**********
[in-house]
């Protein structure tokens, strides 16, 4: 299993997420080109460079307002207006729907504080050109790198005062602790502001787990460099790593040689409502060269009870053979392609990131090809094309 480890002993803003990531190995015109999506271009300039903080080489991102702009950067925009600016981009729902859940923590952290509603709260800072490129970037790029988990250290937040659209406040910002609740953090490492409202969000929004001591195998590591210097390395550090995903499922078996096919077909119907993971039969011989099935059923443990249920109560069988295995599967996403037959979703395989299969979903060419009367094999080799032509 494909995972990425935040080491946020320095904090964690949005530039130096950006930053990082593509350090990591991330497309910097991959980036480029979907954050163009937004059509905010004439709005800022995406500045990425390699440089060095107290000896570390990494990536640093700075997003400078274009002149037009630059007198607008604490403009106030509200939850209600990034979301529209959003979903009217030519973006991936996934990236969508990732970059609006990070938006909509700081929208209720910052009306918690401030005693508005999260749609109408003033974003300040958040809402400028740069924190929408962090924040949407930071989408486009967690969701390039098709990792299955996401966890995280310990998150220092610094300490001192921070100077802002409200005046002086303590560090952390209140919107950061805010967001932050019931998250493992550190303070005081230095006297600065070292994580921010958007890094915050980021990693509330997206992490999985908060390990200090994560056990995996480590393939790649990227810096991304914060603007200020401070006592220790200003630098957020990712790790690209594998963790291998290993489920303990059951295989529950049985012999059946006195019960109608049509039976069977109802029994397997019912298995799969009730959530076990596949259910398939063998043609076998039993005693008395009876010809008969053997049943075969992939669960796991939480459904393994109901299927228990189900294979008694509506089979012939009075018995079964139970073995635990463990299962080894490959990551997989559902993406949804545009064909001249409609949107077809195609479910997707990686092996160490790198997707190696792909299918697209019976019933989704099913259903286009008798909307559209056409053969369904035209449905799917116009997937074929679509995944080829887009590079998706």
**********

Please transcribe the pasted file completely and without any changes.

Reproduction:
[in-house]
């Protein structure tokens, strides 16, 4: 299993997420080109460079307002207006729907504080050109790198005062602790502001787990460099790593040689409502060269009870053979392609990131090809094309 480890002993803003990531190995015109999506271009300039903080080489991102702009950067925009600016981009729902859940923590952290509603709260800072490129970037790029988990250290937040659209406040910002609740953090490492409202969000929004001591195998590591210097390395550090995903499922078996096919077909119907993971039969011989099935059923443990249920109560069988295995599967996403037959979703395989299969979903060419009367094999080799032509 494909995972990425935040080491946020320095904090964690949005530039130096950006930053990082593509350090990591991330497309910097991959980036480029979907954050163009937004059509905010004439709005800022995406500045990425390699440089060095107290000896570390990494990536640093700075997003400078274009002149037009630059007198607008604490403009106030509200939850209600990034979301529209959003979903009217030519973006991936996934990236969508990732970059609006990070938006909509700081929208209720910052009306918690401030005693508005999260749609109408003033974003300040958040809402400028740069924190929408962090924040949407930071989408486009967690969701390039098709990792299955996401966890995280310990998150220092610094300490001192921070100077802002409200005046002086303590560090952390209140919107950061805010967001932050019931998250493992550190303070005081230095006297600065070292994580921010958007890094915050980021990693509330997206992490999985908060390990200090994560056990995996480590393939790649990227810096991304914060603007200020401070006592220790200003630098957020990712790790690209594998963790291998290993489920303990059951295989529950049985012999059946006195019960109608049509039976069977109802029994397997019912298995799969009730959530076990596949259910398939063998043609076998039993005693008395009876010809008969053997049943075969992939669960796991939480459904393994109901299927228990189900294979008694509506089979012939009075018995079964139970073995635990463990299962080894490959990551997989559902993406949804545009064909001249409609949107077809195609479910997707990686092996160490790198997707190696792909299918697209019976019933989704099913259903286009008798909307559209056409053969369904035209449905799917116009997937074929679509995944080829887009590079998706």